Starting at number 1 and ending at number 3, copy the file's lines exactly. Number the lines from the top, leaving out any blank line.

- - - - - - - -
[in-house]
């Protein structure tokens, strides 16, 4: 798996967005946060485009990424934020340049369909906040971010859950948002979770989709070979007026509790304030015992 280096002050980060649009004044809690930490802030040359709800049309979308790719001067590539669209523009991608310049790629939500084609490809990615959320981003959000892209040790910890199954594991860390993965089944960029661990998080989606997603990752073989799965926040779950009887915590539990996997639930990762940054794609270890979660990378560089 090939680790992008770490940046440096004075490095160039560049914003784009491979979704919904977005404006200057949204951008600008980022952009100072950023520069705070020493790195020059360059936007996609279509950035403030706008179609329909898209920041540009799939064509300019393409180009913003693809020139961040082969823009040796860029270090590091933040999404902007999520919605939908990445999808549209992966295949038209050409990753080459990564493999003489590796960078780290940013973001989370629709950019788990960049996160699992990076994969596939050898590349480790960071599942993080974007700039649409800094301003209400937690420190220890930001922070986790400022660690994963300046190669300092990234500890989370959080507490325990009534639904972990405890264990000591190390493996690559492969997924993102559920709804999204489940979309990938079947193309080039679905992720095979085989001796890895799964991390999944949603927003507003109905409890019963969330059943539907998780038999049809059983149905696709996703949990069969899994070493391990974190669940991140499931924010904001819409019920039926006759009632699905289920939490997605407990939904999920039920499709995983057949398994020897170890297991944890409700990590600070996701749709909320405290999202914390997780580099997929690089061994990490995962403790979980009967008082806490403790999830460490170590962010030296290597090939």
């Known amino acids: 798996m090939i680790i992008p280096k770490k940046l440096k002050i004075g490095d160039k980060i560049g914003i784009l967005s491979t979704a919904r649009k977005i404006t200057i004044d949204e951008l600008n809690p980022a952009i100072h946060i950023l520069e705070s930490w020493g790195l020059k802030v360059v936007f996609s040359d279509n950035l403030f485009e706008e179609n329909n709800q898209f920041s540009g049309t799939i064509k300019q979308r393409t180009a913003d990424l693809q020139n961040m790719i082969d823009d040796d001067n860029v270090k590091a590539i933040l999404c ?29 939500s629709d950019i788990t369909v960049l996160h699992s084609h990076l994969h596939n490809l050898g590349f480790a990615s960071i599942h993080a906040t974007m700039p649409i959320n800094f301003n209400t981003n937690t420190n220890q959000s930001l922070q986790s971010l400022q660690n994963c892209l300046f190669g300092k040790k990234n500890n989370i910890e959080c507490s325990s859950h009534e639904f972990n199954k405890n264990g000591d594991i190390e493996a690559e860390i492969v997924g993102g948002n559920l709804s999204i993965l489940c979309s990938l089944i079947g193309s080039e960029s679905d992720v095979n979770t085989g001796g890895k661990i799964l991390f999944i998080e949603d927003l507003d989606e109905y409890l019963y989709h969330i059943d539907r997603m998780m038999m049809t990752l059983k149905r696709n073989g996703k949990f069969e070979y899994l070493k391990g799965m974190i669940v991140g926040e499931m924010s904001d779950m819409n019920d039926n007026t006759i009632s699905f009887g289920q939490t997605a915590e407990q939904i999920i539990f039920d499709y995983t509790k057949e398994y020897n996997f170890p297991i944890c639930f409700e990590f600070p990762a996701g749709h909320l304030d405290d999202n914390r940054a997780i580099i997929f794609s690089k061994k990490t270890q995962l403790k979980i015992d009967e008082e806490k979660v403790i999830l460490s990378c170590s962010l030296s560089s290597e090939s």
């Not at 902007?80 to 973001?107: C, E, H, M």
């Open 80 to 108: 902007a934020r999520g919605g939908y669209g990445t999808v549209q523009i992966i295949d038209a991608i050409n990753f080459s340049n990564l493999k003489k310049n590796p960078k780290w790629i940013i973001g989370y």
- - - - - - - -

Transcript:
[in-house]
């Protein structure tokens, strides 16, 4: 798996967005946060485009990424934020340049369909906040971010859950948002979770989709070979007026509790304030015992 280096002050980060649009004044809690930490802030040359709800049309979308790719001067590539669209523009991608310049790629939500084609490809990615959320981003959000892209040790910890199954594991860390993965089944960029661990998080989606997603990752073989799965926040779950009887915590539990996997639930990762940054794609270890979660990378560089 090939680790992008770490940046440096004075490095160039560049914003784009491979979704919904977005404006200057949204951008600008980022952009100072950023520069705070020493790195020059360059936007996609279509950035403030706008179609329909898209920041540009799939064509300019393409180009913003693809020139961040082969823009040796860029270090590091933040999404902007999520919605939908990445999808549209992966295949038209050409990753080459990564493999003489590796960078780290940013973001989370629709950019788990960049996160699992990076994969596939050898590349480790960071599942993080974007700039649409800094301003209400937690420190220890930001922070986790400022660690994963300046190669300092990234500890989370959080507490325990009534639904972990405890264990000591190390493996690559492969997924993102559920709804999204489940979309990938079947193309080039679905992720095979085989001796890895799964991390999944949603927003507003109905409890019963969330059943539907998780038999049809059983149905696709996703949990069969899994070493391990974190669940991140499931924010904001819409019920039926006759009632699905289920939490997605407990939904999920039920499709995983057949398994020897170890297991944890409700990590600070996701749709909320405290999202914390997780580099997929690089061994990490995962403790979980009967008082806490403790999830460490170590962010030296290597090939």
């Known amino acids: 798996m090939i680790i992008p280096k770490k940046l440096k002050i004075g490095d160039k980060i560049g914003i784009l967005s491979t979704a919904r649009k977005i404006t200057i004044d949204e951008l600008n809690p980022a952009i100072h946060i950023l520069e705070s930490w020493g790195l020059k802030v360059v936007f996609s040359d279509n950035l403030f485009e706008e179609n329909n709800q898209f920041s540009g049309t799939i064509k300019q979308r393409t180009a913003d990424l693809q020139n961040m790719i082969d823009d040796d001067n860029v270090k590091a590539i933040l999404c ?29 939500s629709d950019i788990t369909v960049l996160h699992s084609h990076l994969h596939n490809l050898g590349f480790a990615s960071i599942h993080a906040t974007m700039p649409i959320n800094f301003n209400t981003n937690t420190n220890q959000s930001l922070q986790s971010l400022q660690n994963c892209l300046f190669g300092k040790k990234n500890n989370i910890e959080c507490s325990s859950h009534e639904f972990n199954k405890n264990g000591d594991i190390e493996a690559e860390i492969v997924g993102g948002n559920l709804s999204i993965l489940c979309s990938l089944i079947g193309s080039e960029s679905d992720v095979n979770t085989g001796g890895k661990i799964l991390f999944i998080e949603d927003l507003d989606e109905y409890l019963y989709h969330i059943d539907r997603m998780m038999m049809t990752l059983k149905r696709n073989g996703k949990f069969e070979y899994l070493k391990g799965m974190i669940v991140g926040e499931m924010s904001d779950m819409n019920d039926n007026t006759i009632s699905f009887g289920q939490t997605a915590e407990q939904i999920i539990f039920d499709y995983t509790k057949e398994y020897n996997f170890p297991i944890c639930f409700e990590f600070p990762a996701g749709h909320l304030d405290d999202n914390r940054a997780i580099i997929f794609s690089k061994k990490t270890q995962l403790k979980i015992d009967e008082e806490k979660v403790i999830l460490s990378c170590s962010l030296s560089s290597e090939s």